Dangerous, divine, and marvelous? The legacy of the 1960s in the political cinema of Europe and Brazil

Heise, T.S. and Tudor, A. (2013) Dangerous, divine, and marvelous? The legacy of the 1960s in the political cinema of Europe and Brazil. Sixties: A Journal of History, Politics and Culture, 6(1), pp. 82-100. (doi: 10.1080/17541328.2013.782196)

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The experience of the 1960s had a profound influence on both politicized cinema and on the critical discourse surrounding it. This article explores that influence and its subsequent legacy in the comparative contexts of Brazil and Europe. In Europe the most striking developments were to be seen in France after 1968, most particularly in the “revolutionary cinema” of Jean-Luc Godard during his involvement with the Dziga-Vertov Group. At the same time, the French film journals Cahiers du Cinéma and Cinéthique sought to theorize the forms of radical cinema within a materialist perspective. By examining Godard’s politico-aesthetic trajectory, and by developing the Cahiers classification of the forms taken by political cinema, we provide a basis for understanding developments in post-1960s European political cinema. In Brazil, with its increasingly repressive regimes after 1964, the impact of the 1960s was more far-reaching. The early 1960s saw the emergence of Cinema Novo, a radical movement of filmmakers among whom the best known figure was Glauber Rocha. By examining Rocha’s filmmaking career, as well as some aspects of his writings, we seek to understand the rather different route traveled by radical cinema in Brazil and, indeed, in Latin America more generally. Here the most significant theorization is to be found in the 1969 Third Cinema manifesto formulated by the Argentinean filmmakers Fernando Solanas and Octavio Getino. We then trace the subsequent trajectory of politicized filmmaking in both Europe and Brazil. In both cases there has been a marked retreat from the radicalism in form and content exemplified in the films of Godard and Rocha, with a broadly reformist political cinema prevailing. We argue, however, that there remains a vibrant tradition of radical filmmaking which functions primarily in the area of documentary, and that it is here that the future of political cinema lies.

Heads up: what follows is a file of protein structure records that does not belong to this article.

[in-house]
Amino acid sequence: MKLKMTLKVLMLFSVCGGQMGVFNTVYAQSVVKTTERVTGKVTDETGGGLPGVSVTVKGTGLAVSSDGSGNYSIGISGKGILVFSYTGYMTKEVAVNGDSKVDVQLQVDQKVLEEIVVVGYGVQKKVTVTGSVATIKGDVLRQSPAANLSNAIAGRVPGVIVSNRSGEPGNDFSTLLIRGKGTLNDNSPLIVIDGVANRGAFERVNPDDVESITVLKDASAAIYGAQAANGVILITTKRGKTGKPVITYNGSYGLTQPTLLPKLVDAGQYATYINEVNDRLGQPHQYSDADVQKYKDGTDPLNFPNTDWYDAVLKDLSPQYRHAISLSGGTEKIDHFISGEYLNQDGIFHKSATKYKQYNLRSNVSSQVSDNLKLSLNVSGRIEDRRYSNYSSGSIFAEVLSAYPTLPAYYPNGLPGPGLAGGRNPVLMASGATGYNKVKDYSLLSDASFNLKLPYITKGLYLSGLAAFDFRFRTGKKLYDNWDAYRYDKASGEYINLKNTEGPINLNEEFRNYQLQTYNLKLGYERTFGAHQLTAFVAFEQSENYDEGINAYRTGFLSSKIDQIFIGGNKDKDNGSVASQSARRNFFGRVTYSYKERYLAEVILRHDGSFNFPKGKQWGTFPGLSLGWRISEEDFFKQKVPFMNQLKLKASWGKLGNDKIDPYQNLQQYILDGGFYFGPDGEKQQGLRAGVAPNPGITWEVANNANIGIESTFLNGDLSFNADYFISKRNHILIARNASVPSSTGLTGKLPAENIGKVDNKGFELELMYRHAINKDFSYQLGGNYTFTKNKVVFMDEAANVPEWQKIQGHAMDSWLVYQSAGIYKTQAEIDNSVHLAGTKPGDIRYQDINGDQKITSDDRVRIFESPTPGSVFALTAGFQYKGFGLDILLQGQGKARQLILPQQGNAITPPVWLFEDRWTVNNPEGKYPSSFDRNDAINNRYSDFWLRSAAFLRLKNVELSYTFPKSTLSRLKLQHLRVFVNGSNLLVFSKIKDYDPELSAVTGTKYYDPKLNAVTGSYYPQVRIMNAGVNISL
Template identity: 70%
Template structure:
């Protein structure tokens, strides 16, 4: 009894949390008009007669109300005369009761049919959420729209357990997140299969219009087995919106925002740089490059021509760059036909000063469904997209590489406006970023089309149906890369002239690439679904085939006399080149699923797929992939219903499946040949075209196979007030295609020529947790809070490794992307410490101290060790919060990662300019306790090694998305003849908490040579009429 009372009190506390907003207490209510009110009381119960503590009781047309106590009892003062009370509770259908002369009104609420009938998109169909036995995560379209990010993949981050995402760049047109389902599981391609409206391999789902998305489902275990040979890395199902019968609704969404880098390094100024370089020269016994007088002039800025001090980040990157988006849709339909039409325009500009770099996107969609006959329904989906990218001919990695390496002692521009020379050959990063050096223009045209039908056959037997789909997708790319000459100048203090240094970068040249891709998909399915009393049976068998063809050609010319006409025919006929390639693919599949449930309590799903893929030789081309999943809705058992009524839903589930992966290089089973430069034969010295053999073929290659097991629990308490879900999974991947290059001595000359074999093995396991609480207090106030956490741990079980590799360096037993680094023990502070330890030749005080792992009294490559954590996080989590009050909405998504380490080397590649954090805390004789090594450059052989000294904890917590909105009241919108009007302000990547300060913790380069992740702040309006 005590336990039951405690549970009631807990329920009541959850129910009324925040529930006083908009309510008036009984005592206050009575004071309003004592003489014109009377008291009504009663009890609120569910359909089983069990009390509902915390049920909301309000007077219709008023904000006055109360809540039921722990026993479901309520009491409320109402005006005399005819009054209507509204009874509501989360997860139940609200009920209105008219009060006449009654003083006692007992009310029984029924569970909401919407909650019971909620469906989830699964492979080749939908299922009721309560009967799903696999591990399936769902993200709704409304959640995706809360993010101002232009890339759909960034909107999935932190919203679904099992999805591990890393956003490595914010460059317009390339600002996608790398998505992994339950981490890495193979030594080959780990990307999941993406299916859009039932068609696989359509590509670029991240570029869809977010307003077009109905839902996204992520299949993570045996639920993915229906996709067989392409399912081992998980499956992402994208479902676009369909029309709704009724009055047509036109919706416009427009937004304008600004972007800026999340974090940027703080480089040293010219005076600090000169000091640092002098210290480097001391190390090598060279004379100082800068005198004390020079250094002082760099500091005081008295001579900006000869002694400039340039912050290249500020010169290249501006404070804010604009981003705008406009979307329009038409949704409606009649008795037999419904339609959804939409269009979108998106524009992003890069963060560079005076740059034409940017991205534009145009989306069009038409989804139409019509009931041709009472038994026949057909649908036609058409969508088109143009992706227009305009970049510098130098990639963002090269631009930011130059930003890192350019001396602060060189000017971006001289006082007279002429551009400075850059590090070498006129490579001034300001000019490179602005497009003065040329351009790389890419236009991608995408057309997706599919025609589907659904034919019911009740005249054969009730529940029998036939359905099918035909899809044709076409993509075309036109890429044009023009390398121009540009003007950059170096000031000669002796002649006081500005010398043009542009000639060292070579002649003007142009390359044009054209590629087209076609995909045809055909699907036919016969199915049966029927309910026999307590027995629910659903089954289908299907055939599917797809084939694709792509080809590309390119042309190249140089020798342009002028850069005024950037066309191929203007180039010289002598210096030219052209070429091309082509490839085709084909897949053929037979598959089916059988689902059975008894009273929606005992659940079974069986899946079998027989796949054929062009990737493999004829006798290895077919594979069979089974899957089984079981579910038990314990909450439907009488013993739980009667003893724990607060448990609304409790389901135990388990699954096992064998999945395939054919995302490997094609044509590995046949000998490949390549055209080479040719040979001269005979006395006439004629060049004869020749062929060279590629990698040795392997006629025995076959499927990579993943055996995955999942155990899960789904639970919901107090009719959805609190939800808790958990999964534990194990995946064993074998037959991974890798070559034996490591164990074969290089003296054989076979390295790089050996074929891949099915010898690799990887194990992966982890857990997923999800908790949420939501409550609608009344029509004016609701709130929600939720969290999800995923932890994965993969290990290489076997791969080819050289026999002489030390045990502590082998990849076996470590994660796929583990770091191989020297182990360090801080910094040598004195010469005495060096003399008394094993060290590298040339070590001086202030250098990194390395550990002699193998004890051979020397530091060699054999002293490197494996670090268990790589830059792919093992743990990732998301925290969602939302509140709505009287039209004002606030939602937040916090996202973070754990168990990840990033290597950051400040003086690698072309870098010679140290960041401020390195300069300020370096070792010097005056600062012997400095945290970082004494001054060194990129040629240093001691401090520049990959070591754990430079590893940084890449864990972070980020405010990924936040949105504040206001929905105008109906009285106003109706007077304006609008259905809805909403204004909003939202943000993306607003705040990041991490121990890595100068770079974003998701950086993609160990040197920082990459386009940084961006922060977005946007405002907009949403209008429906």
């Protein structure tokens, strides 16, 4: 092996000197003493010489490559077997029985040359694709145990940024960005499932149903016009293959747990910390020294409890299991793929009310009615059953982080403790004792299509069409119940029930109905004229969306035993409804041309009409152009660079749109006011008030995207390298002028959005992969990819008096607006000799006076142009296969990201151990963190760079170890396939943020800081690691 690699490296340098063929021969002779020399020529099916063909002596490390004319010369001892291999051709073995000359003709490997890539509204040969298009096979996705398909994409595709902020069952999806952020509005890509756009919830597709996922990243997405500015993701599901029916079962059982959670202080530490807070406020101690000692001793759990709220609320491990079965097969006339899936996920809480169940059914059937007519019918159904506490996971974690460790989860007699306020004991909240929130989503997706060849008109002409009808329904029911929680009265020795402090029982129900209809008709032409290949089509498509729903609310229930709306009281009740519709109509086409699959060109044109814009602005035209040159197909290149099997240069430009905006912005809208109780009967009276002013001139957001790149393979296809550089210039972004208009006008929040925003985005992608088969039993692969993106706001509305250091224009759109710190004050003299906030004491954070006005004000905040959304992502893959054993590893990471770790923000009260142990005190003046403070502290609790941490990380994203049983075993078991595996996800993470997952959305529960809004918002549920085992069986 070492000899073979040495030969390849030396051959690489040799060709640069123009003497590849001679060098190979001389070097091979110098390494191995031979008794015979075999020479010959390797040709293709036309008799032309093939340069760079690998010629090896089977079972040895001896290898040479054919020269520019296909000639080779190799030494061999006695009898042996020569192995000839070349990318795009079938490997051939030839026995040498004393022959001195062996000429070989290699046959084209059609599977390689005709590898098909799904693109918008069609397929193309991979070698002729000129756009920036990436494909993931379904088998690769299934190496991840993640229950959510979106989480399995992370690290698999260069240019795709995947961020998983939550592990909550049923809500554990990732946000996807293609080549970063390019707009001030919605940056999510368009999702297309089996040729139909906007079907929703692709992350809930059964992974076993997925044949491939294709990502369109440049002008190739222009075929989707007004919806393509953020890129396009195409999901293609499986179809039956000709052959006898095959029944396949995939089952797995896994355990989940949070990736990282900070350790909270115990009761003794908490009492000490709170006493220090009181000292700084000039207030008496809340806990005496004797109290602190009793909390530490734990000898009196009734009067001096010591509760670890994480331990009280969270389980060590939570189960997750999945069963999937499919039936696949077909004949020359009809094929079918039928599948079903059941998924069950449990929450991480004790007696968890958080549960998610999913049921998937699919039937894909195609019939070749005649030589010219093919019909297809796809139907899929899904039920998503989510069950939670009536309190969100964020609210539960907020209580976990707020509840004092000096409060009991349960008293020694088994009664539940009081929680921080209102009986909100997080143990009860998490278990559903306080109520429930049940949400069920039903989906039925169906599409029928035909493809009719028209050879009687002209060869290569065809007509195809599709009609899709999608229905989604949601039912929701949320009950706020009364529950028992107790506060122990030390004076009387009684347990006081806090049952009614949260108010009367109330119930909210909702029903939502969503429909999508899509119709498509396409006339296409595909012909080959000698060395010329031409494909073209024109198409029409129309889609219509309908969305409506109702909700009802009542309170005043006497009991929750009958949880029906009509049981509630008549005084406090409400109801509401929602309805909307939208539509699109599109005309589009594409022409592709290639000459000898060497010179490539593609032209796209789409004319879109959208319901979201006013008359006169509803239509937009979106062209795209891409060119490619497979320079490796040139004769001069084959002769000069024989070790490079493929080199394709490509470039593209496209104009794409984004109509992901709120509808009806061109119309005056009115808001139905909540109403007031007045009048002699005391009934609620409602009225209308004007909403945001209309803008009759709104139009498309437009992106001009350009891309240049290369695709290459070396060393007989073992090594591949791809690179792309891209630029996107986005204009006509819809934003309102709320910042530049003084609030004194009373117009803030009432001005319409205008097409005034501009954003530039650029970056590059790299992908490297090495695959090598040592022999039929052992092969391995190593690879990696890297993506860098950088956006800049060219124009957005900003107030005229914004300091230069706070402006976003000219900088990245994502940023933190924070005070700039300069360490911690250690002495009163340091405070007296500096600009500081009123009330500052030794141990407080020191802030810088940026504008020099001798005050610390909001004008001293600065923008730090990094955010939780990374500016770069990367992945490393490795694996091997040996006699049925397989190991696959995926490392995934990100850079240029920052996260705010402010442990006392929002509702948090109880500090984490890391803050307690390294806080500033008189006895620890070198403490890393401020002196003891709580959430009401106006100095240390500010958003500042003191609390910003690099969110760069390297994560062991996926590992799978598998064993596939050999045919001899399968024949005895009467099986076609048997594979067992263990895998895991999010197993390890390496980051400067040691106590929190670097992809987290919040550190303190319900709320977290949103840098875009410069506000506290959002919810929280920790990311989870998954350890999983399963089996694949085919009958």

Item Type:Articles
Glasgow Author(s) Enlighten ID:Heise, Dr Tatiana
Authors: Heise, T.S., and Tudor, A.
College/School:College of Arts > School of Modern Languages and Cultures > Hispanic Studies
Journal Name:Sixties: A Journal of History, Politics and Culture
ISSN (Online):1754-1336
Published Online:23 May 2013

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